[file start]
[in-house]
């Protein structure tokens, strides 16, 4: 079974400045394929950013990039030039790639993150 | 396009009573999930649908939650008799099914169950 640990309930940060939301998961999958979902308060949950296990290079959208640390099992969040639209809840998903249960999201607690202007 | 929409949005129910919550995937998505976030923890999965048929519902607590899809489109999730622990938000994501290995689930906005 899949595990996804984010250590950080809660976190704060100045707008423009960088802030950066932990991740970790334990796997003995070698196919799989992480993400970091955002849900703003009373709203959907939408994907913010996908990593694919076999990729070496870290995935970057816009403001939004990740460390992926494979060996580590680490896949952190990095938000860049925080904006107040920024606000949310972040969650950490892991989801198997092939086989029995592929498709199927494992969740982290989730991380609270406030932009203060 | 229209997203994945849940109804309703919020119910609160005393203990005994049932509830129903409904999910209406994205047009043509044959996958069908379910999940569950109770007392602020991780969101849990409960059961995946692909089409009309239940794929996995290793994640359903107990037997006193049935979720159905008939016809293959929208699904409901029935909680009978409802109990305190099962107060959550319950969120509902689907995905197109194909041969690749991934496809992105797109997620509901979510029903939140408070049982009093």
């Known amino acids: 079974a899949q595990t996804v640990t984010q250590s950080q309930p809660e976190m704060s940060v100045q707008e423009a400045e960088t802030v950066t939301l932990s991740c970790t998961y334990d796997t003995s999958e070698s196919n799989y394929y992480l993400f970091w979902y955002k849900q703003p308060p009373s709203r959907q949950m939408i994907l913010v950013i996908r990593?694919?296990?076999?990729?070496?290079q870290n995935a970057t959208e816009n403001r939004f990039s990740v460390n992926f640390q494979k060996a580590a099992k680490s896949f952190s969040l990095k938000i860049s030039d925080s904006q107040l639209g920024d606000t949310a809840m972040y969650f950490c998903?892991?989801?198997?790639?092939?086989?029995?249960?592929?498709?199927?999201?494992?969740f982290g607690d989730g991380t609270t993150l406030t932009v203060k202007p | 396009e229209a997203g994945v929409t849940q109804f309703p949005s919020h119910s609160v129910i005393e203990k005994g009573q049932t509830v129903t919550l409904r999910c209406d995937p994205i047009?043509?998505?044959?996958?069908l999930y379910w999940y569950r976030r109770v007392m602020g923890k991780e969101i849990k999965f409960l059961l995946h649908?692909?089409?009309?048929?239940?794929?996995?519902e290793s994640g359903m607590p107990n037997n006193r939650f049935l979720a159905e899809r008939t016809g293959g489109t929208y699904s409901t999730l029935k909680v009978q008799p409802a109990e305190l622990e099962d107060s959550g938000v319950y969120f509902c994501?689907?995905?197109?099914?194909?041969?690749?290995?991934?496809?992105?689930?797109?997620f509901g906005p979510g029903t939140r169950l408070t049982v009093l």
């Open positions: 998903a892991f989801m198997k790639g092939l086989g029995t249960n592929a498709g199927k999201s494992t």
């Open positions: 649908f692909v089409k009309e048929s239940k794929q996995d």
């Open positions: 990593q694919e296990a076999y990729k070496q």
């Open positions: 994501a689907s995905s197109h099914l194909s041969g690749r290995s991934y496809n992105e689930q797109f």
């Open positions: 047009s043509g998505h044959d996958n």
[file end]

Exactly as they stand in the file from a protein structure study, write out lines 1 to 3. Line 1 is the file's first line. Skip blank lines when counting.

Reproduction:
[in-house]
């Protein structure tokens, strides 16, 4: 079974400045394929950013990039030039790639993150 | 396009009573999930649908939650008799099914169950 640990309930940060939301998961999958979902308060949950296990290079959208640390099992969040639209809840998903249960999201607690202007 | 929409949005129910919550995937998505976030923890999965048929519902607590899809489109999730622990938000994501290995689930906005 899949595990996804984010250590950080809660976190704060100045707008423009960088802030950066932990991740970790334990796997003995070698196919799989992480993400970091955002849900703003009373709203959907939408994907913010996908990593694919076999990729070496870290995935970057816009403001939004990740460390992926494979060996580590680490896949952190990095938000860049925080904006107040920024606000949310972040969650950490892991989801198997092939086989029995592929498709199927494992969740982290989730991380609270406030932009203060 | 229209997203994945849940109804309703919020119910609160005393203990005994049932509830129903409904999910209406994205047009043509044959996958069908379910999940569950109770007392602020991780969101849990409960059961995946692909089409009309239940794929996995290793994640359903107990037997006193049935979720159905008939016809293959929208699904409901029935909680009978409802109990305190099962107060959550319950969120509902689907995905197109194909041969690749991934496809992105797109997620509901979510029903939140408070049982009093």
């Known amino acids: 079974a899949q595990t996804v640990t984010q250590s950080q309930p809660e976190m704060s940060v100045q707008e423009a400045e960088t802030v950066t939301l932990s991740c970790t998961y334990d796997t003995s999958e070698s196919n799989y394929y992480l993400f970091w979902y955002k849900q703003p308060p009373s709203r959907q949950m939408i994907l913010v950013i996908r990593?694919?296990?076999?990729?070496?290079q870290n995935a970057t959208e816009n403001r939004f990039s990740v460390n992926f640390q494979k060996a580590a099992k680490s896949f952190s969040l990095k938000i860049s030039d925080s904006q107040l639209g920024d606000t949310a809840m972040y969650f950490c998903?892991?989801?198997?790639?092939?086989?029995?249960?592929?498709?199927?999201?494992?969740f982290g607690d989730g991380t609270t993150l406030t932009v203060k202007p | 396009e229209a997203g994945v929409t849940q109804f309703p949005s919020h119910s609160v129910i005393e203990k005994g009573q049932t509830v129903t919550l409904r999910c209406d995937p994205i047009?043509?998505?044959?996958?069908l999930y379910w999940y569950r976030r109770v007392m602020g923890k991780e969101i849990k999965f409960l059961l995946h649908?692909?089409?009309?048929?239940?794929?996995?519902e290793s994640g359903m607590p107990n037997n006193r939650f049935l979720a159905e899809r008939t016809g293959g489109t929208y699904s409901t999730l029935k909680v009978q008799p409802a109990e305190l622990e099962d107060s959550g938000v319950y969120f509902c994501?689907?995905?197109?099914?194909?041969?690749?290995?991934?496809?992105?689930?797109?997620f509901g906005p979510g029903t939140r169950l408070t049982v009093l």